Kumano Kodo 2 (The Waterfall Shrine on Kumano Kodo's Ancient Pilgrimage) 0
Kumano Kodo is one of only two pilgrimage routes in the world designated a UNESCO World Heritage site. For over 1,000 years, Japanese people have been traveling these hiking trails to the three grand shrines of the Kii Penninsula Mountains. They are collectively known as Kumano Sanzan.
Of the many popular day hikes along Kumano Kodo, the trip to Nachi Waterfall and the Kumano Nachi Taisha Grand Shrine is, perhaps, the most stunning. The climactic view of a pagoda poised against a natural waterfall—one of the tallest in Japan—has for centuries left pilgrims breathless.
For many, the hike to Nachi Waterfall begins with Daimon-zaka. A gorgeous 600m (2,000 ft) long cobblestone staircase, the route was constructed when the Kumano pilgrimage was at its peak popularity hundreds of years ago. The route begins at the “Husband and Wife Cedar Trees,” 800-year-old cedars that tower above the first steps of the staircase. Standing on either side of the path, legend says their roots are entwined underneath as if they’re holding holds. From there, Daimon-zaka becomes a steady climb through a forest of ancient cedars, camphor trees and bamboo. As you ascend the beautiful cobblestones covered in dark green moss, the forest creates a barrier between pilgrims and the surrounding area.
Although these solitary moments on the trail provide an immersive experience in nature, you’re likely to pass many other pilgrims during your hike. Some may smile or greet with you with konnichiwa (good afternoon). Return the favor! Bringing hospitability and kindness to the trail is one of the few official rules of the Kumano Kodo. Daimon-zaka promises a serene, if tiring, experience. You’ll notice along the trail, free bamboo walking sticks provided by the shrine. I say they’re worth a go. Even if you make it easily up Daimon-zaka’s 267 steps, there’s still more to climb.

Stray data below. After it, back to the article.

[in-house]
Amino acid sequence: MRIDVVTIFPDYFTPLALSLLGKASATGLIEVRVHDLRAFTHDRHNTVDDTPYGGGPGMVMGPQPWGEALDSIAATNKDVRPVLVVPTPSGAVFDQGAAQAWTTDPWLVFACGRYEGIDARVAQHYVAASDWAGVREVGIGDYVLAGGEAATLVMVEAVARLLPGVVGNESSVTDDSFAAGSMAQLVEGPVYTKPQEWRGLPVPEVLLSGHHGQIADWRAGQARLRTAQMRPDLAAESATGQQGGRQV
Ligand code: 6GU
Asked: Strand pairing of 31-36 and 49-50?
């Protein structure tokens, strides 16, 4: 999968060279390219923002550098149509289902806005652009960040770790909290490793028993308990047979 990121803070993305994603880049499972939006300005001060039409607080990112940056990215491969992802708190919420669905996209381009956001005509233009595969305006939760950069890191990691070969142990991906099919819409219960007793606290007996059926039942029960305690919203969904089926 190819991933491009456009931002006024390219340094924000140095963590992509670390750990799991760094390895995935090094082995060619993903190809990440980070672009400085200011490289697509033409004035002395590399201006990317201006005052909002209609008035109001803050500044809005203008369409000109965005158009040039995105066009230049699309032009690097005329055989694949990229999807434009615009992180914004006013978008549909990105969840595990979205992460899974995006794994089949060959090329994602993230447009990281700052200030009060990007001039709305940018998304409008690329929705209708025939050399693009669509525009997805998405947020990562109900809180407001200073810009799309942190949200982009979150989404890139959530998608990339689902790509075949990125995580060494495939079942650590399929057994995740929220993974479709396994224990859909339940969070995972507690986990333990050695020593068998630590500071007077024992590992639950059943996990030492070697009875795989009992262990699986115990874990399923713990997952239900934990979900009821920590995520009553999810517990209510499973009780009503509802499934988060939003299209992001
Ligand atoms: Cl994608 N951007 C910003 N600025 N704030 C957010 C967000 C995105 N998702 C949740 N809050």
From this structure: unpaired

At the top of Daimon-zaka the route continues to the entrance of the Nachi Taisha Grand Shrine. While a second staircase may seem daunting at first, the payoff at the top is worth it. You’ll find a beautiful red-lacquer shrine and views of a luscious green valley and the Pacific Ocean in the distance.
Along the mountain ledge behind the shrine is Seiganto-ji Temple, a temple devoted to Kannon, the Buddhist deity of mercy. In contrast to the shiny finish of its neighboring shrine, the wood of this 5th century temple hall is bare and beautifully worn. After a stop at the souvenir shop for a refreshing cone of black sesame or umeboshi (pickled plum) soft cream, the route continues back down the mountain. On this route, visitors will come across Seiganto-ji Temple’s iconic pagoda set against the backdrop of Nachi Waterfall. For a small 300 yen fee, you can even enter the pagoda and climb onto its third story deck.
From Seiganto-ji Temple, the descent—much faster than the ascent—continues to the base of Nachi Waterfall. Here the ascetic Shinto priests of Kumano Kodo erected Hiro Shrine. Unlike the conventional Shinto shrine, Hiro doesn’t have a honden (main hall) in which to worship. Instead, the waterfall itself is considered the shrine’s place of worship and home to kami (gods). It is quite a spectacular experience to stand below one of Japan’s tallest waterfalls and pray at a shrine made by nature.
The trip to Daimon-zaka itself is easiest by bus. The Kumano Kotsu Bus will take you from Kii Katsuura Station to the Daiomzaka Chushajo Mae bus stop in under an hour. From there, pick up a walking stick and start up the trail. There is another Kumano Kotsu Bus stop at Hiro Shrine to take you back to Kii Katsuura.
I’m an American journalist and editor based in Tokyo. After nearly 20 years living in Japan, I’m still discovering new and exciting places in Japan outside of Tokyo and off the beaten path, such as the ancient “Kumano Kodo" pilgrimage trails and the charming seaside fishing village, Kada.